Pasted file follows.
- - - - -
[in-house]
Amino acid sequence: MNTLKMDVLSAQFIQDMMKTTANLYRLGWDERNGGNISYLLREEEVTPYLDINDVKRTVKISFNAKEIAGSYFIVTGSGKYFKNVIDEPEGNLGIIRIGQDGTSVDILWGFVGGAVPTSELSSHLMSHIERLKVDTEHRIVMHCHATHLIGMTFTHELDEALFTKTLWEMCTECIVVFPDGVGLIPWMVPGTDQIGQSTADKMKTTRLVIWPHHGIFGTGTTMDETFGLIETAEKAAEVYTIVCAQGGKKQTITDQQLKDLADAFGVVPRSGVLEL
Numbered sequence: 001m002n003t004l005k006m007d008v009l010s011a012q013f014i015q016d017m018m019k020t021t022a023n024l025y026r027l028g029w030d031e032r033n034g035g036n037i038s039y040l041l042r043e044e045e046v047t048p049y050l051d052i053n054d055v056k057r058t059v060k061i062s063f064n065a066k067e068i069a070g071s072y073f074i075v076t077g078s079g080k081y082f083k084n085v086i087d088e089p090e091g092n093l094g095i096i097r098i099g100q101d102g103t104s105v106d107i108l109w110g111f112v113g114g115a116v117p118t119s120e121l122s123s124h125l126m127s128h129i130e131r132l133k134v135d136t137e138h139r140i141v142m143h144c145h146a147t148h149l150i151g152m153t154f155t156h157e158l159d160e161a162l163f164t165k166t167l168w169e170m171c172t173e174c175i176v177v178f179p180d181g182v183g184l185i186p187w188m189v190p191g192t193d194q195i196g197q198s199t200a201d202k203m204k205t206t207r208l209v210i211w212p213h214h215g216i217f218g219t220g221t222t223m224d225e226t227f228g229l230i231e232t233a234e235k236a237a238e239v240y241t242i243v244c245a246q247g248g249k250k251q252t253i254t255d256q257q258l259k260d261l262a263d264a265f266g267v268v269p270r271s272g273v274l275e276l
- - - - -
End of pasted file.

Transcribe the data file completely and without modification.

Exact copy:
[in-house]
Amino acid sequence: MNTLKMDVLSAQFIQDMMKTTANLYRLGWDERNGGNISYLLREEEVTPYLDINDVKRTVKISFNAKEIAGSYFIVTGSGKYFKNVIDEPEGNLGIIRIGQDGTSVDILWGFVGGAVPTSELSSHLMSHIERLKVDTEHRIVMHCHATHLIGMTFTHELDEALFTKTLWEMCTECIVVFPDGVGLIPWMVPGTDQIGQSTADKMKTTRLVIWPHHGIFGTGTTMDETFGLIETAEKAAEVYTIVCAQGGKKQTITDQQLKDLADAFGVVPRSGVLEL
Numbered sequence: 001m002n003t004l005k006m007d008v009l010s011a012q013f014i015q016d017m018m019k020t021t022a023n024l025y026r027l028g029w030d031e032r033n034g035g036n037i038s039y040l041l042r043e044e045e046v047t048p049y050l051d052i053n054d055v056k057r058t059v060k061i062s063f064n065a066k067e068i069a070g071s072y073f074i075v076t077g078s079g080k081y082f083k084n085v086i087d088e089p090e091g092n093l094g095i096i097r098i099g100q101d102g103t104s105v106d107i108l109w110g111f112v113g114g115a116v117p118t119s120e121l122s123s124h125l126m127s128h129i130e131r132l133k134v135d136t137e138h139r140i141v142m143h144c145h146a147t148h149l150i151g152m153t154f155t156h157e158l159d160e161a162l163f164t165k166t167l168w169e170m171c172t173e174c175i176v177v178f179p180d181g182v183g184l185i186p187w188m189v190p191g192t193d194q195i196g197q198s199t200a201d202k203m204k205t206t207r208l209v210i211w212p213h214h215g216i217f218g219t220g221t222t223m224d225e226t227f228g229l230i231e232t233a234e235k236a237a238e239v240y241t242i243v244c245a246q247g248g249k250k251q252t253i254t255d256q257q258l259k260d261l262a263d264a265f266g267v268v269p270r271s272g273v274l275e276l